Requirements for LPN Programs
Programs that train students to become Licensed Practical Nurses (LPNs) generally take place at the certificate or diploma level but may have some prerequisites that must be met before students can enroll in the program. LPN prerequisites may, for example, require that a student complete a program designed for Certified Nursing Assistants (CNAs) or Medical Assistants (MAs). These are generally brief and can be completed in anywhere from 6 weeks to 3 months. Other schools may require prerequisite courses completed that establish a common baseline for all students in the program to work from, such as fundamental English and math courses, or courses on medical terminology.
Generally, LPN program candidates will need to hold a high school diploma or the equivalent. Background checks and drug screenings are also commonly required as part of the admissions process, and drug screenings may even occur regularly. While the exact age varies from state to state, most states will require LPNs to be 18 years old.
Certificate and diploma programs in practical nursing are likely to include courses with titles such as:
- Anatomy and physiology
- Principles of nursing
- Diet and nutrition
- Introductory pharmacology
LPN programs may also include classes that delve into particular specialty areas of nursing, such as geriatrics, pediatrics, surgery, and maternity. Nearly all LPN programs, even those offered online, will include a practicum or clinical segment, where students can put into practice what they've learned and acquire real-world experience with patients.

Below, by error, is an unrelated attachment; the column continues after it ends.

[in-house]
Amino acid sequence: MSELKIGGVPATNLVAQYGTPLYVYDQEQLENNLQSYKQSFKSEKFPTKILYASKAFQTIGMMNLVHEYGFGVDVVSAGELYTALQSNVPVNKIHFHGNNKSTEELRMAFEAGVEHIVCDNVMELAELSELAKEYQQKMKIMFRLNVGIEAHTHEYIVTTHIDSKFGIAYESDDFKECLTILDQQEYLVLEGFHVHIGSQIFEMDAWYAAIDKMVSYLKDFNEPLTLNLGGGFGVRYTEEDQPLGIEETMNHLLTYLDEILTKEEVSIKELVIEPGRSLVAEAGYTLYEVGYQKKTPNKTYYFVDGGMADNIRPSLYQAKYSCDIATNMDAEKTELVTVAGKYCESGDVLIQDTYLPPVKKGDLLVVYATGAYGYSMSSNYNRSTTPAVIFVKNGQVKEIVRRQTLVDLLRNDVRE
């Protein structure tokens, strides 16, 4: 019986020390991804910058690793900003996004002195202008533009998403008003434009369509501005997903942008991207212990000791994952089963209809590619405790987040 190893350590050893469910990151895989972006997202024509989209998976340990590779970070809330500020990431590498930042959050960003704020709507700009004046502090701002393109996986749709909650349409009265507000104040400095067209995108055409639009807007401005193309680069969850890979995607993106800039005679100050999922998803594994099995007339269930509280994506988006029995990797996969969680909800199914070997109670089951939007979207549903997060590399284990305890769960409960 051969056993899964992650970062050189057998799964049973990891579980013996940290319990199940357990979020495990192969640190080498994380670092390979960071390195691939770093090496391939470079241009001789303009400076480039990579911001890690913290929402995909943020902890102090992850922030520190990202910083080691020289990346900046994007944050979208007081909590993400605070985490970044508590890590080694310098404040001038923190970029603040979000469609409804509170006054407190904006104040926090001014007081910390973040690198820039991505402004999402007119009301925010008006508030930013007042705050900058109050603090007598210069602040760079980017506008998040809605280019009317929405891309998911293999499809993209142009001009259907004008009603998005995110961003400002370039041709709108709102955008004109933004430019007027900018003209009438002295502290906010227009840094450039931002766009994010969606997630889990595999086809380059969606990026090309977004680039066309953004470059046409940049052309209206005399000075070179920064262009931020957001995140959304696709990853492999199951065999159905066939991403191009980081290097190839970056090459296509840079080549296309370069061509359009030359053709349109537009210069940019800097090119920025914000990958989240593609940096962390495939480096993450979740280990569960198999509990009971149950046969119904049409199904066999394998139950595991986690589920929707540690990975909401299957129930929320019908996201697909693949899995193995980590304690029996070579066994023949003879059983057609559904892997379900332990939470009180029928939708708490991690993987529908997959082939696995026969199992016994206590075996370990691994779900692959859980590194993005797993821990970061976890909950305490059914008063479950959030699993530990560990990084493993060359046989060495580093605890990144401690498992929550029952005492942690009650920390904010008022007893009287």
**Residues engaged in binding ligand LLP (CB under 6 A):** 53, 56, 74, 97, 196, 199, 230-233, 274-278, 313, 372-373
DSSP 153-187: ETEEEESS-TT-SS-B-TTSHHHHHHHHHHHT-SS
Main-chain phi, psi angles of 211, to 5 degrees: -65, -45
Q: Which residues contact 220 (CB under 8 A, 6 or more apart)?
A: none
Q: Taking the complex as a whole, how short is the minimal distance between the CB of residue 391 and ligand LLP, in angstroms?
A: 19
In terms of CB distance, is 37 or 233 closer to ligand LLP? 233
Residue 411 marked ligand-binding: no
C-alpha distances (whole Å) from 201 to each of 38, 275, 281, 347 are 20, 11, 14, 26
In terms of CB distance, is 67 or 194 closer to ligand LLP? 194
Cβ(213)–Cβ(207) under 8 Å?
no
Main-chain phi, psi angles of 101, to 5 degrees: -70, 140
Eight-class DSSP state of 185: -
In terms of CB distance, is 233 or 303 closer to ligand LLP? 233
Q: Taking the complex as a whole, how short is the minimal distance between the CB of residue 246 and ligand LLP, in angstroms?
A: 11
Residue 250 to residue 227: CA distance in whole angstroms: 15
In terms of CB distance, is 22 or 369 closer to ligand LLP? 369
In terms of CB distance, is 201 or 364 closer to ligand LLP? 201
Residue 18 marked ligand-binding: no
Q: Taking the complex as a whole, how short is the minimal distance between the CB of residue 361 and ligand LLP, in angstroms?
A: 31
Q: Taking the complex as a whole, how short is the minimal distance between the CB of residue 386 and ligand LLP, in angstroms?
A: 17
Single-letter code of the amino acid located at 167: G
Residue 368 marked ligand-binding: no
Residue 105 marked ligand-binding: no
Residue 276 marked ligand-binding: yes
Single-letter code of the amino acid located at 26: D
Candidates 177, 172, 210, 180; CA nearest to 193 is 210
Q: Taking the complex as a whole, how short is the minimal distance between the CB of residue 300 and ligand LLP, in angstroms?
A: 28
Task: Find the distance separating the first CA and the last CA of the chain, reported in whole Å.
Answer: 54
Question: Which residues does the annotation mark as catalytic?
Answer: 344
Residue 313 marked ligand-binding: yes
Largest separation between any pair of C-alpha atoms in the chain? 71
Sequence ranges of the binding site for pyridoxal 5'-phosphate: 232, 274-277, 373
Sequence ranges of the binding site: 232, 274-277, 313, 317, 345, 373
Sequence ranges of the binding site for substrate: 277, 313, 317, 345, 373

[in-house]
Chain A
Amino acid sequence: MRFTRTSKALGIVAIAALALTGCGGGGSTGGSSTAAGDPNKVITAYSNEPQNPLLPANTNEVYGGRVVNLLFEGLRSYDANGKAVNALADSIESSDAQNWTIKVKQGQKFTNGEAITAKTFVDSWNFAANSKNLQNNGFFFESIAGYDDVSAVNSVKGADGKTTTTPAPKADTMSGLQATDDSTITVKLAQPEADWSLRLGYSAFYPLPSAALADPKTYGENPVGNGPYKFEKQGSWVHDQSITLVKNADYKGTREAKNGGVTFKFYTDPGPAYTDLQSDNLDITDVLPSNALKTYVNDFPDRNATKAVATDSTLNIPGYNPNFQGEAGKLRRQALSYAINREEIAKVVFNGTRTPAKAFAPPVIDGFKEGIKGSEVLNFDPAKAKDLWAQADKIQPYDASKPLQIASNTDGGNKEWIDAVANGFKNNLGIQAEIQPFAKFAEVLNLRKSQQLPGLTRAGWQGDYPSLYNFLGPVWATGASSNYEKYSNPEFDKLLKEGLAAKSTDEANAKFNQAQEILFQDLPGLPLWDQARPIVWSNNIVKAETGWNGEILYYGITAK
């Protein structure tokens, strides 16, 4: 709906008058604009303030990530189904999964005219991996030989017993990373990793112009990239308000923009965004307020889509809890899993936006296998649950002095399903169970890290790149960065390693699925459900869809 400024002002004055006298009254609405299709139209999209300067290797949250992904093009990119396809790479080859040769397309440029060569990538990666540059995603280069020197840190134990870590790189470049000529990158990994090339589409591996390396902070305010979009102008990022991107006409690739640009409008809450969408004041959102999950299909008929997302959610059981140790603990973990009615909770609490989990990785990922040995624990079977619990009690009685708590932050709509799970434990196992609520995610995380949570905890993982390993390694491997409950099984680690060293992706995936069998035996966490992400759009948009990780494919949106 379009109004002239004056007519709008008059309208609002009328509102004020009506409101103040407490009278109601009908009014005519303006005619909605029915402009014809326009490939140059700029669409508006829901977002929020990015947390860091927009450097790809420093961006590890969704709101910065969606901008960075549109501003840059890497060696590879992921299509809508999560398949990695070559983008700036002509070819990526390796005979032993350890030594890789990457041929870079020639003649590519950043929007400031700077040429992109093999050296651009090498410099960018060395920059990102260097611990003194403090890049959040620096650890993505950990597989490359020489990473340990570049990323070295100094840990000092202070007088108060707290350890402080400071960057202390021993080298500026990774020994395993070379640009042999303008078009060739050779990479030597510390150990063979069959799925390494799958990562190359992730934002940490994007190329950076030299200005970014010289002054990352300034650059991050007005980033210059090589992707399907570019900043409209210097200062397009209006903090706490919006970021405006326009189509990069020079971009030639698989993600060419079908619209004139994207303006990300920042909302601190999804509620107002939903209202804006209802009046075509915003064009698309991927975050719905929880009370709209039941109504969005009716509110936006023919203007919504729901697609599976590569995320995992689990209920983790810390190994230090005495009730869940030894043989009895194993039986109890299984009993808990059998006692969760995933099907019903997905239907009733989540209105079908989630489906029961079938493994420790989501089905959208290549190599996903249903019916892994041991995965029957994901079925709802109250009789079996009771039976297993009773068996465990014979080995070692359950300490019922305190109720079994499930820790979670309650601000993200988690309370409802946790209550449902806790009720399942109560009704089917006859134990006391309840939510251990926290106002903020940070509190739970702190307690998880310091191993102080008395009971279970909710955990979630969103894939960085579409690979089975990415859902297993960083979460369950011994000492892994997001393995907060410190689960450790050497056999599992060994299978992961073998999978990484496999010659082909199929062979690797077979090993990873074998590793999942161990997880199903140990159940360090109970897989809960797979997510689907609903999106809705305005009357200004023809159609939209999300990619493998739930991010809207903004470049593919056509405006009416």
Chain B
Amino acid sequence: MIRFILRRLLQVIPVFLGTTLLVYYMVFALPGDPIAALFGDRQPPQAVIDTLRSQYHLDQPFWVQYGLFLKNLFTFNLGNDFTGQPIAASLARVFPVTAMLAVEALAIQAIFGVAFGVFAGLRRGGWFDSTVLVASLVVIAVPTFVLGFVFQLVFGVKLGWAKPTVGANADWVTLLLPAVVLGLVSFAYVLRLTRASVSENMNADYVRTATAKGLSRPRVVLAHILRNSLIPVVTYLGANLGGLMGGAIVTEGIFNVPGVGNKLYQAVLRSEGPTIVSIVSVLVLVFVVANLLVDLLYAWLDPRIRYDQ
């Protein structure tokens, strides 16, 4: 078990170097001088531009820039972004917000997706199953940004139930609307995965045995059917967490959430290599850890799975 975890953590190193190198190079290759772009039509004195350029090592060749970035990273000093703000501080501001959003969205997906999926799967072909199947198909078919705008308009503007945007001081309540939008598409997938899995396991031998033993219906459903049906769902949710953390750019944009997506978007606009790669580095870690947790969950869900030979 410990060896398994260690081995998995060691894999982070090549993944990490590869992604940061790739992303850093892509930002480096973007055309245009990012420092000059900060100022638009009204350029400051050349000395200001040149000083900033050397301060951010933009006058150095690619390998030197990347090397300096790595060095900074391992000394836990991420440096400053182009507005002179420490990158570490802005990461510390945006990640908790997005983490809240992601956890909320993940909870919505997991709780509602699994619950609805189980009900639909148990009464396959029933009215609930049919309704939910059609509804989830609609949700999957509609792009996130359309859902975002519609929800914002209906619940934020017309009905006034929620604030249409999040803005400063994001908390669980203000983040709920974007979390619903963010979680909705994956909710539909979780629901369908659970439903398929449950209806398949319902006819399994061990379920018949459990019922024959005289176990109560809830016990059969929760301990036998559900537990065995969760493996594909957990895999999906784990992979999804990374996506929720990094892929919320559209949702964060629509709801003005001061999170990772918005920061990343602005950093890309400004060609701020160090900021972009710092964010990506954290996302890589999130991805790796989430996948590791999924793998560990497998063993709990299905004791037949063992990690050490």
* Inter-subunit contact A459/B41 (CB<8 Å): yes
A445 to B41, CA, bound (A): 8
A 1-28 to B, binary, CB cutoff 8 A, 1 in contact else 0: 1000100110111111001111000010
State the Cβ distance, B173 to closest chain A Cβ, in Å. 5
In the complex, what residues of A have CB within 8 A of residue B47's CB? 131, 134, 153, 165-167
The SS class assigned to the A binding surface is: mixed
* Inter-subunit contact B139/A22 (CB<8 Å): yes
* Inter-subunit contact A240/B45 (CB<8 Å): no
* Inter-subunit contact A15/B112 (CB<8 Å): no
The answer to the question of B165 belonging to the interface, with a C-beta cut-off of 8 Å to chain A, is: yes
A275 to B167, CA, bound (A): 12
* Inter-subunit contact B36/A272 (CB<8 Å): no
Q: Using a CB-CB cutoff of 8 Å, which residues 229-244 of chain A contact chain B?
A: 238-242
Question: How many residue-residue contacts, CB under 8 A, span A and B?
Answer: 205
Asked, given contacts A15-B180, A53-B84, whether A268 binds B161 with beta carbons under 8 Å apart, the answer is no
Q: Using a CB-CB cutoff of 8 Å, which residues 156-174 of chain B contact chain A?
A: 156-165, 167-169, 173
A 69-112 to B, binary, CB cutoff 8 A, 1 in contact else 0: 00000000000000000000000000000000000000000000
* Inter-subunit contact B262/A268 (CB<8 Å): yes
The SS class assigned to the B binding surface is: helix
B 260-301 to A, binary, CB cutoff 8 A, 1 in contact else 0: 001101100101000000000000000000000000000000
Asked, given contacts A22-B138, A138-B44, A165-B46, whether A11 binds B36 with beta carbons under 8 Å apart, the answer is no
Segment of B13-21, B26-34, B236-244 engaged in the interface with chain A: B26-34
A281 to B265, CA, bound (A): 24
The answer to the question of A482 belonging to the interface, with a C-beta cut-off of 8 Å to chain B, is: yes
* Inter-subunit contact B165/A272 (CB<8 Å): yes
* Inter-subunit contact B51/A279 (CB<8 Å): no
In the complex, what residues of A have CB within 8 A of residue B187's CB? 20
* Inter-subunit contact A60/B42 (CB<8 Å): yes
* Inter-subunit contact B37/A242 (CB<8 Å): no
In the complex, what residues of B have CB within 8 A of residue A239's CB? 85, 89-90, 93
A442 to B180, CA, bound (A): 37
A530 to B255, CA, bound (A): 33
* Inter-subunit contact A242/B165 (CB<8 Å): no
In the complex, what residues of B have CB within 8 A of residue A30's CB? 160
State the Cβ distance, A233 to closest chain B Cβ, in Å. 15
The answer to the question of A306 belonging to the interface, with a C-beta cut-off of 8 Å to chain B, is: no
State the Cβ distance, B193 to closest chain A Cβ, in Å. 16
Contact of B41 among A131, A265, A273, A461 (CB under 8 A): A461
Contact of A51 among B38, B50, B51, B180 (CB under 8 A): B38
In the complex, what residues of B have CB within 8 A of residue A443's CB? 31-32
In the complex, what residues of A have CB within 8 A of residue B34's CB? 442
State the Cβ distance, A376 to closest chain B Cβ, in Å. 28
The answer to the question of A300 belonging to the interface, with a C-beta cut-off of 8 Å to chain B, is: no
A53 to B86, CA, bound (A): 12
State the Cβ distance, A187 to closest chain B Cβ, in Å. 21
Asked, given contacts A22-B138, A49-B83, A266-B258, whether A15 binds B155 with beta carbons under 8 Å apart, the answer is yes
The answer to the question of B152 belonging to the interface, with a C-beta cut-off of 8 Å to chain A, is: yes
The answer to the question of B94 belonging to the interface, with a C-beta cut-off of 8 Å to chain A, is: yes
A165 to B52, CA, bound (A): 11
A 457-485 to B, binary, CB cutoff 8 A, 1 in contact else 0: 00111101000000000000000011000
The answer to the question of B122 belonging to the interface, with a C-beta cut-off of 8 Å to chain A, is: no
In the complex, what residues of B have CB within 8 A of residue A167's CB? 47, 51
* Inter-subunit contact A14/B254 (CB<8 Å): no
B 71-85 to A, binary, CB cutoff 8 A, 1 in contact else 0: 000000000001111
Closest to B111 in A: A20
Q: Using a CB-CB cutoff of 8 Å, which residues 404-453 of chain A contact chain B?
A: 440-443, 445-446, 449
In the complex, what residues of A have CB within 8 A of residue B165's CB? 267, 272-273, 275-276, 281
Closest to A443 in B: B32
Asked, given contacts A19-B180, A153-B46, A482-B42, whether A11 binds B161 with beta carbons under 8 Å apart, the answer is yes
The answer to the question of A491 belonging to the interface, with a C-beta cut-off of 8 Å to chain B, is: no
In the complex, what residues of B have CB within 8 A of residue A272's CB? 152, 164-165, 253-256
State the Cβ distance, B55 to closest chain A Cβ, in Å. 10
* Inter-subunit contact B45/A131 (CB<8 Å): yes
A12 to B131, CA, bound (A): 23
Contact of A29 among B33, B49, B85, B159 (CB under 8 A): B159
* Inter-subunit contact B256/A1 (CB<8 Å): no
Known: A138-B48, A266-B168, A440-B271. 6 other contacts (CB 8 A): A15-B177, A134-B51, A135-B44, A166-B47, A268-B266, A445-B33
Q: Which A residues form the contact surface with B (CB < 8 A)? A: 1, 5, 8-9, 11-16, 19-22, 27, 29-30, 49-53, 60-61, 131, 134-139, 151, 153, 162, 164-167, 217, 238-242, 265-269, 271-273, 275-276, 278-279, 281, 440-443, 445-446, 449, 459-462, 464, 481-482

LPN Job Description
Licensed Practical Nurses, also known in some states as Licensed Vocational Nurses (LVN), are healthcare professionals who work in hospitals, nursing homes, clinics, and other care facilities. LPNs are typically responsible for performing simple tasks, especially those that must be done regularly, such as changing bandages, checking vitals, recording and monitoring their condition, and assisting patients with hygiene-related tasks such as bathing. LPNs work alongside other types of nurses, such as CNAs or RNs, as well as doctors. To succeed as an LPN, an individual should be physically capable, since they spend their shifts on their feet and may need to help move patients, and should be compassionate in their dealings with patients, level-headed in emergencies, and meticulous in their recording of data.
As implied by the name, LPNs are required to receive a license from the state to practice. LPN programs are generally designed with this requirement in mind, and often must be approved by the state's board of nursing, so students should be careful when enrolling in online programs to ensure that they will be eligible for a license in the right state. To get a license in most states, it is necessary to complete an accredited program in practical nursing, apply for licensure, and then pass the National Council Licensing Exam for Practical Nursing (NCLEX-PN). Check with your state's board of nursing to find out what will be expected of you.
Advancement Opportunities for LPNs
LPNs may have the opportunity to continue their education and become Registered Nurses (RNs). Some LPN programs are structured such that their courses will count as credits towards an associate's degree in nursing should an individual decide to return to school. There are also what are known as LPN-to-RN 'bridge programs,' which are designed primarily for experienced LPNs who wish to return to school after a long break to become RNs. RNs generally have more responsibilities, more freedom to make decisions, and are typically better paid than LPNs.